Scientists don’t think that they will ever find living things on Mars as the conditions aren’t good enough for life to thrive. However, they are seeking signs that life might have existed on the planet a long time ago when Mars was warmer and had liquid water covering its surface.
During the 19th century it was popular to think that Mars had life and civilizations populating it. The reason for this belief was mainly caused by an error and some really imaginative people.
Astronomer Giovanni Schiaparelli looked through a telescope in and saw lines on the surface of Mars that he called “canalis” and that he thought were created by living creatures.
Other people called the lines “canals” and that became the source of stories and science fiction ideas about life on Mars.
These ideas continued until new telescopes were developed that were more powerful and let astronomers see that the lines were really just a natural part of the surface and caused those in the past to have optical illusions.
The atmosphere on Mars is so thin that the heat from the sun quickly escapes. If you were to stand on the surface of Mars on the equator at noon, it would feel like spring at your feet (75 degrees F/24 degrees C and winter at your head 32 degrees F/0 degrees C.
Space Missions to Mars:
Of all of the planets and bodies in our solar system, Mars is the most explored and the only planet that we have sent rovers to travel the landscape and collect samples and data.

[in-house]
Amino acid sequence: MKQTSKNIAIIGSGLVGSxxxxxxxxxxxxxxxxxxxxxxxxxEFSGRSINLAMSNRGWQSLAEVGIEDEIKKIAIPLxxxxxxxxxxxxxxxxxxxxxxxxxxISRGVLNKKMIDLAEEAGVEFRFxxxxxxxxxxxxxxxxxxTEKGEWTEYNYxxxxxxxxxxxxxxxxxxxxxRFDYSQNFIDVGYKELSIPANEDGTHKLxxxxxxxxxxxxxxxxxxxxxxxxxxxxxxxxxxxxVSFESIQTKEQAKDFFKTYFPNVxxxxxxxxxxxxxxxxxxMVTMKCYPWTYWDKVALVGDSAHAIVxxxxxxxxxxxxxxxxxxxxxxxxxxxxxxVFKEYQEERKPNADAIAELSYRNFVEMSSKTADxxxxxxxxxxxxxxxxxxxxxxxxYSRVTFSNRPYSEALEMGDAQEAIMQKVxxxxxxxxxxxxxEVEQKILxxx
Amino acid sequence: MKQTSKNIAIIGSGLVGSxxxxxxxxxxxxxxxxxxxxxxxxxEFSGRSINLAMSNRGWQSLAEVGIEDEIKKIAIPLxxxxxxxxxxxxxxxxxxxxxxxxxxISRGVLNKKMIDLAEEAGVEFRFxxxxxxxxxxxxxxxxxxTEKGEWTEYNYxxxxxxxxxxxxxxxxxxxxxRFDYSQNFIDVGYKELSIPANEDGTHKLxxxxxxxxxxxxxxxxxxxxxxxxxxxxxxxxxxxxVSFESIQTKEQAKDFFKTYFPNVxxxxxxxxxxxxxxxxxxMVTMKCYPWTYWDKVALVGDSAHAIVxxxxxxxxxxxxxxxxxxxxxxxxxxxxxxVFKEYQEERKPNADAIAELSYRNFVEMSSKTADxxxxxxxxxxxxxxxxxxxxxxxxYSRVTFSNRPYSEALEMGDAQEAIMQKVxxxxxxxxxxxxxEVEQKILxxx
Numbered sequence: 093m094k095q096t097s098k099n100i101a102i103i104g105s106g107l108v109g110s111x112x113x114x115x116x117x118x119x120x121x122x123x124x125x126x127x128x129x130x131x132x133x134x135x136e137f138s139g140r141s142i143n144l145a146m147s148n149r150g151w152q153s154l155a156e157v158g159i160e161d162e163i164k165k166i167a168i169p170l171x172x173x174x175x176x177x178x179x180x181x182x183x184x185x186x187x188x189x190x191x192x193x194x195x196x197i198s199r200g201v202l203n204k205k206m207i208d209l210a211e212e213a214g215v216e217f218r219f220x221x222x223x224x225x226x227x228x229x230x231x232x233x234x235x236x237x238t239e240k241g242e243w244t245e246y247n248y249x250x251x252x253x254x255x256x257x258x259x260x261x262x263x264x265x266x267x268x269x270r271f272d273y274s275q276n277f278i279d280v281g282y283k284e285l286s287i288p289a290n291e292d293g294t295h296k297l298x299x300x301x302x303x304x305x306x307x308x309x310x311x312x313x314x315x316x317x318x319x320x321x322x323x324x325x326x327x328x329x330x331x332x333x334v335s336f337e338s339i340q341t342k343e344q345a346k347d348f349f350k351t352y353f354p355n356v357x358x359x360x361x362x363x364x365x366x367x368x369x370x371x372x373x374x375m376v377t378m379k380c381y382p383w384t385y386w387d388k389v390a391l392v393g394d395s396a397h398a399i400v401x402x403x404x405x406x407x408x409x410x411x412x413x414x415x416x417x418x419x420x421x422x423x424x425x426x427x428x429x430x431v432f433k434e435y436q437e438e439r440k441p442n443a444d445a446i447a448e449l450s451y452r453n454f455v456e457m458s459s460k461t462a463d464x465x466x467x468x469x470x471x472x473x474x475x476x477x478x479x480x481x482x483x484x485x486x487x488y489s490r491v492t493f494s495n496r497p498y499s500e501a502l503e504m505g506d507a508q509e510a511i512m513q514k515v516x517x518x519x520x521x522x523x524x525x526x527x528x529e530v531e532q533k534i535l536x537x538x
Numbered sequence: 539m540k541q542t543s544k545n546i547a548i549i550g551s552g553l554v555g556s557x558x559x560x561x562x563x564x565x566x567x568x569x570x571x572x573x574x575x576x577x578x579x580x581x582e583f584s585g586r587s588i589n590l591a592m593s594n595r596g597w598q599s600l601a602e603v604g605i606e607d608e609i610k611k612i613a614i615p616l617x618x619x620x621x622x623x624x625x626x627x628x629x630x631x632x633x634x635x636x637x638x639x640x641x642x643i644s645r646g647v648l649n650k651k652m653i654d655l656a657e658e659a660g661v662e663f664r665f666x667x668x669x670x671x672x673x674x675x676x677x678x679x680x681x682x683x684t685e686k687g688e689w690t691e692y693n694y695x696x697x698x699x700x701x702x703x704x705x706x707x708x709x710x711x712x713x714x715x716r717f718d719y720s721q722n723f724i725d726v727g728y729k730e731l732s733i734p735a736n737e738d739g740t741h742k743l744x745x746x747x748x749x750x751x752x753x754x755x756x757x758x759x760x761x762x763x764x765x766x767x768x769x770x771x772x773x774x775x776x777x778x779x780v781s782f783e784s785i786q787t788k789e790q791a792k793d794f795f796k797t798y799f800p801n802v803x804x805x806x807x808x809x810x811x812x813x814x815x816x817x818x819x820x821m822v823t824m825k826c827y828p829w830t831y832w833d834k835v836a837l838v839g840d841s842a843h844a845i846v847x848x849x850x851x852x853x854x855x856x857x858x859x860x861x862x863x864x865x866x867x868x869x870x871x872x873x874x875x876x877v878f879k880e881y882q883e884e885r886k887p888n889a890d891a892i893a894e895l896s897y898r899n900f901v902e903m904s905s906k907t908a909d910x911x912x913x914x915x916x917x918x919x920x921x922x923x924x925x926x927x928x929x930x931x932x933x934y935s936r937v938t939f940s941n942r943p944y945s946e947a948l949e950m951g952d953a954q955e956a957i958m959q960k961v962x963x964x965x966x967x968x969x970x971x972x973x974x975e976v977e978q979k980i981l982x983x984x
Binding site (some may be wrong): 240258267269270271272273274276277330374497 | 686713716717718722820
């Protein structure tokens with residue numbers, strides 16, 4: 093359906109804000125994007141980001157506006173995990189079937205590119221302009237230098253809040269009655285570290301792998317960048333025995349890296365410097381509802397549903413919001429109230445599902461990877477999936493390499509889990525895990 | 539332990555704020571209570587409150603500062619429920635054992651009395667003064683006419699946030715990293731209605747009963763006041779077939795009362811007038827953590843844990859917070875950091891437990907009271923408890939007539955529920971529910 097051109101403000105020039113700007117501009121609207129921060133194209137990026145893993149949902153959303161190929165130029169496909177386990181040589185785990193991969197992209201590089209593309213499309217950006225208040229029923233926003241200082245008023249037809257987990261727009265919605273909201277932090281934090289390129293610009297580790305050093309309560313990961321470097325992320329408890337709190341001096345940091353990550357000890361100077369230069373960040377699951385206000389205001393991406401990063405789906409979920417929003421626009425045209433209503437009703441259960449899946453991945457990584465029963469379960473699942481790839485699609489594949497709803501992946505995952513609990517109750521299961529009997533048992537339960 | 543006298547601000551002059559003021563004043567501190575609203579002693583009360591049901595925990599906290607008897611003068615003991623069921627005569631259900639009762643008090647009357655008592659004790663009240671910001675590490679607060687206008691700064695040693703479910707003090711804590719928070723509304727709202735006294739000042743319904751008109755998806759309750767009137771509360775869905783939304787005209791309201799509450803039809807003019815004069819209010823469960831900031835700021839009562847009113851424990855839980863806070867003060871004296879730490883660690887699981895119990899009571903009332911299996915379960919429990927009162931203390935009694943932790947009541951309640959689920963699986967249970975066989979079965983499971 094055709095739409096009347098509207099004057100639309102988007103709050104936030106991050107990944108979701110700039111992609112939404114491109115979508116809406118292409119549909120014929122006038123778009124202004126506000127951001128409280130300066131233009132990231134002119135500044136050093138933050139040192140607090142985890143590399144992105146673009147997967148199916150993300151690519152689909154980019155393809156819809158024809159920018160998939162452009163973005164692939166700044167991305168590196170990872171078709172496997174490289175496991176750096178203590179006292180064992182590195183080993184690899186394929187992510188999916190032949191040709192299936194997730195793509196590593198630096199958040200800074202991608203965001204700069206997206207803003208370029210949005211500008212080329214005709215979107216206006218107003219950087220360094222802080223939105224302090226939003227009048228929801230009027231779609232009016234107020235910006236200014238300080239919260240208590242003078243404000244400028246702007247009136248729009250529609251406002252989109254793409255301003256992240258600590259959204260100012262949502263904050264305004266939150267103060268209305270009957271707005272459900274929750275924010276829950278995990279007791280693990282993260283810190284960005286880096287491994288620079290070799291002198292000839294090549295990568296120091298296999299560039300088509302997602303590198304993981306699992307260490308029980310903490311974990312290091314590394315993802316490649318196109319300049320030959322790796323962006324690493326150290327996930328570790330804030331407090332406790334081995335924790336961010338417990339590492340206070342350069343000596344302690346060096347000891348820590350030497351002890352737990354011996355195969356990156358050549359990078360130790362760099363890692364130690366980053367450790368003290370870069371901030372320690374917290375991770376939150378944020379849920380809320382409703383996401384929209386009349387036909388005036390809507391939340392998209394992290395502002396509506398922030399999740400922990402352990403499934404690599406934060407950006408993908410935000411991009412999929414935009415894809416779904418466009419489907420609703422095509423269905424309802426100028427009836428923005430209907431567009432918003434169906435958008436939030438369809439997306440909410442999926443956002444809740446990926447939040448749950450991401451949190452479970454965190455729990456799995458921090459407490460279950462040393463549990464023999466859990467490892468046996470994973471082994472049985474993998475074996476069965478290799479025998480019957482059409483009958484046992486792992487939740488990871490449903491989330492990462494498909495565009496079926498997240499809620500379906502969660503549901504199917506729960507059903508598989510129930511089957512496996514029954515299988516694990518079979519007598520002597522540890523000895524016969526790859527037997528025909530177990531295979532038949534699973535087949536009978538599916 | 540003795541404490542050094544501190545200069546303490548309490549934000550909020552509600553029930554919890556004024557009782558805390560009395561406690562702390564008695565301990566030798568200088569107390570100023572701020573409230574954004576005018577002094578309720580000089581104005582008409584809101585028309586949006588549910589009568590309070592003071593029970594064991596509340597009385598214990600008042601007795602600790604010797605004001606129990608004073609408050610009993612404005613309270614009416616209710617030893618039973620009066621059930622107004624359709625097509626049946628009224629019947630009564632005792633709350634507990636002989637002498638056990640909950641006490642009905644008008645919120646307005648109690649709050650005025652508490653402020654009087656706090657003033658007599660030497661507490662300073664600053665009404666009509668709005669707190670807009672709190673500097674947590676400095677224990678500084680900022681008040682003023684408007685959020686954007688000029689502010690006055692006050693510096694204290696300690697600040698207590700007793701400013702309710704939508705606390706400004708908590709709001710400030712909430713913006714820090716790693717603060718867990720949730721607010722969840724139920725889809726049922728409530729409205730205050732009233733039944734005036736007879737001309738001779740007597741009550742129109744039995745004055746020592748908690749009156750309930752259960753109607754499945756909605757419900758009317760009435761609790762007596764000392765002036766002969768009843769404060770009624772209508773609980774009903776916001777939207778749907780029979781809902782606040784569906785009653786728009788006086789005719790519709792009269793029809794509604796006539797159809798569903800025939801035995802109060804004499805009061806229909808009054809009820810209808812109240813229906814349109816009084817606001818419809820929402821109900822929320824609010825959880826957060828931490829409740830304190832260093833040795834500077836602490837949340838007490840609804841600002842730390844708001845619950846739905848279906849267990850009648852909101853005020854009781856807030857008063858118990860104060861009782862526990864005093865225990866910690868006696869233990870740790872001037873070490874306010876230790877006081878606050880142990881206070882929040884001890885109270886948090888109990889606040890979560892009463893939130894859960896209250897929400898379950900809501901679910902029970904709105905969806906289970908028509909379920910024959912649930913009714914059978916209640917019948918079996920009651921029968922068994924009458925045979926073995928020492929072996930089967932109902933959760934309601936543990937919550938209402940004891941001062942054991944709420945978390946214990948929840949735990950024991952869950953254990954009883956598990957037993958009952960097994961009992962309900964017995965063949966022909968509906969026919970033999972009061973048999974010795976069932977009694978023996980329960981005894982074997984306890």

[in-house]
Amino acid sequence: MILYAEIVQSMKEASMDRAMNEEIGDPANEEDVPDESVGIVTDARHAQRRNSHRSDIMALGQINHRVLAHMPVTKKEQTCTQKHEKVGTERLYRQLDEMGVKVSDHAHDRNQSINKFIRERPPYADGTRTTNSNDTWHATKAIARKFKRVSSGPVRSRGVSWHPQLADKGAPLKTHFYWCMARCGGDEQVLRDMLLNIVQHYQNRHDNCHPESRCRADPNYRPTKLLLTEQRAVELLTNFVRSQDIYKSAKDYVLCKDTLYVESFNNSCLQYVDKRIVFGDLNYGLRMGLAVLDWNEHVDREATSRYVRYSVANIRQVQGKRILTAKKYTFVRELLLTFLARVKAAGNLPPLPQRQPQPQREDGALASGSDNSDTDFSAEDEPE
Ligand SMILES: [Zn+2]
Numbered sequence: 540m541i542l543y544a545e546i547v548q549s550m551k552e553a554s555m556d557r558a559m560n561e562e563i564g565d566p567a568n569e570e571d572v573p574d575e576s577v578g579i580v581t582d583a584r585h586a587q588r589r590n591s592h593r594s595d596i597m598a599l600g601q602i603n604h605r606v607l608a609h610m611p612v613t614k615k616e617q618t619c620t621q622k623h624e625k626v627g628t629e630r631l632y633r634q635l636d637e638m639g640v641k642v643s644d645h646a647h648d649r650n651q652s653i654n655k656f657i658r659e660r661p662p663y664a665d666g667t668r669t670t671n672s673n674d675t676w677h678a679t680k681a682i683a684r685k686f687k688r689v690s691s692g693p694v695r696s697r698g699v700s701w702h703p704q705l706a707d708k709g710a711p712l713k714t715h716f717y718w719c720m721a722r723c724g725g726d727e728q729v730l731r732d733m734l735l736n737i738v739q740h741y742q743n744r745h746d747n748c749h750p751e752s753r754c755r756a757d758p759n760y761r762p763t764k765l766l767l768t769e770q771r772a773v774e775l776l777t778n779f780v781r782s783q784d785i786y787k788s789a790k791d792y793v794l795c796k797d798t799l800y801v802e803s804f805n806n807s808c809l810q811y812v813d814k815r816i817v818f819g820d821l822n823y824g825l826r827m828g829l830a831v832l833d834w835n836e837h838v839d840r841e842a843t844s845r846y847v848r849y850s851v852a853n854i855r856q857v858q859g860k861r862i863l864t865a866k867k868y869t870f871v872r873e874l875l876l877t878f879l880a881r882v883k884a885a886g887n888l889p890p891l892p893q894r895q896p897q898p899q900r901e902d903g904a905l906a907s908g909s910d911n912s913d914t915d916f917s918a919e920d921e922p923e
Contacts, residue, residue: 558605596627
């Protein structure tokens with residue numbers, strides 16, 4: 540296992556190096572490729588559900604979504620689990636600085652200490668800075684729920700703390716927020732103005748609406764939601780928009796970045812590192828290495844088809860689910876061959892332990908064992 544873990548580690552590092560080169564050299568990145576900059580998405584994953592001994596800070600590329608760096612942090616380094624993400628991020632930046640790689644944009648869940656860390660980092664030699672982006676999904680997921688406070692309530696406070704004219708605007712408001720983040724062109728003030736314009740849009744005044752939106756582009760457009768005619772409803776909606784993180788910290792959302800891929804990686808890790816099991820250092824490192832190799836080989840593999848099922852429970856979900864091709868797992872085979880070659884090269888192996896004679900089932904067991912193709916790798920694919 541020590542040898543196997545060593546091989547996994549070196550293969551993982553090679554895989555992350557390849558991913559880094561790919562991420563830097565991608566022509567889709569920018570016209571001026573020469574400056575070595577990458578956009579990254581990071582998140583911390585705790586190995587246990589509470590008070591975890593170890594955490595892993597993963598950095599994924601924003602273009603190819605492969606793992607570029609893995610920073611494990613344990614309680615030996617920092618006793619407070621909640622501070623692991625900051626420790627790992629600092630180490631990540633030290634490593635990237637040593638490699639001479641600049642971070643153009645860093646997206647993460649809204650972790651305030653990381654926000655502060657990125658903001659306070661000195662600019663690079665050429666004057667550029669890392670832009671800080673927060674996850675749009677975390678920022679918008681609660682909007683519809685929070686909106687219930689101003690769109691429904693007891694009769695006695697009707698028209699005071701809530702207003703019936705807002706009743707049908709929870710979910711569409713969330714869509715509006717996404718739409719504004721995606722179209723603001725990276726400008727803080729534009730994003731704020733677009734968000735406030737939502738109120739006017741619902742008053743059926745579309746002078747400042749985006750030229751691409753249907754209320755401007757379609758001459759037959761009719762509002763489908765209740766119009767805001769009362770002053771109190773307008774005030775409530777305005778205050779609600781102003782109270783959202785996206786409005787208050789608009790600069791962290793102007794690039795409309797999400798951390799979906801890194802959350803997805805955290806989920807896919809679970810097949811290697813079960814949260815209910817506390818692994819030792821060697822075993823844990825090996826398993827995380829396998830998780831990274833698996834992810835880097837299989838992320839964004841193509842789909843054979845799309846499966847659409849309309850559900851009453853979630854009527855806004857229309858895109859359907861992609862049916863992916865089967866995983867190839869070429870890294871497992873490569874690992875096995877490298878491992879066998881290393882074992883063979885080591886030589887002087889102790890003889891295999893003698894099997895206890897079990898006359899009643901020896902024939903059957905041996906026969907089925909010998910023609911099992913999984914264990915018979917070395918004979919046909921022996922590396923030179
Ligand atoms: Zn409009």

NASA, India, and ESA (European Space Agency) have spacecraft orbiting above Mars.
The robotic explorers have found a lot of evidence that at one time, billions of years ago, Mars was warmer and wetter, with a thicker atmosphere.
Recorded observations reach back as far as 4, years when the Ancient Egyptians charted Mars’ movements across the sky.
We have had an international fleet of spacecraft that have orbited and some that have landed on Mars, including the robotic rovers.
Strangely, there have been many attempts at sending robotic spacecraft that have failed, but we are pleased to say that many also succeeded including:
Mars Odyssey, Mars Express, Opportunity rover, Mars Reconnaissance Orbiter, Curiosity rover, Mars Orbiter Mission, MAVEN and ExoMars Trace Gas Orbiter.
NASA’s InSight arrived on November 26, , with communications support from the twin MarCO cubesats, the first CubeSats sent into Deep Space.
- Christiaan Huygens draws the Syrtis Major on Mars as dark markings.
- Giovanni Schiaparelli creates a map of Mars that includes his idea of “canalis”
- Asaph Hall discovers Mars’ two moons: Phobos and Deimos.
- NASA’s Mariner 4 sends the first up close images of Mars in 22 photos.
- Mariner 9 is first spacecraft to orbit Mars and completes the mapping of almost all of the Mars surface.
- Viking 1 and 2 land on the Mars surface.
- Mars Pathfinder lands and sends out Sojourner, the first wheeled rover to explore the surface of Mars.
- Mars Odyssey mission makes Mars observations to locate water ice that may be buried on Mars.
- Twin Mars Exploration Rovers named Spirit and Opportunity are dispatched to do scientific experiments, finding evidence that long ago Mars had liquid water on its surface.
- Mars Reconnaissance Orbiter sends back images of Mars that are high-resolution and studies the Mars seasonal changes and water history of Mars.
- Phoenix mission presence of liquid water and good soil chemistry as part of its mission for potential future habitation.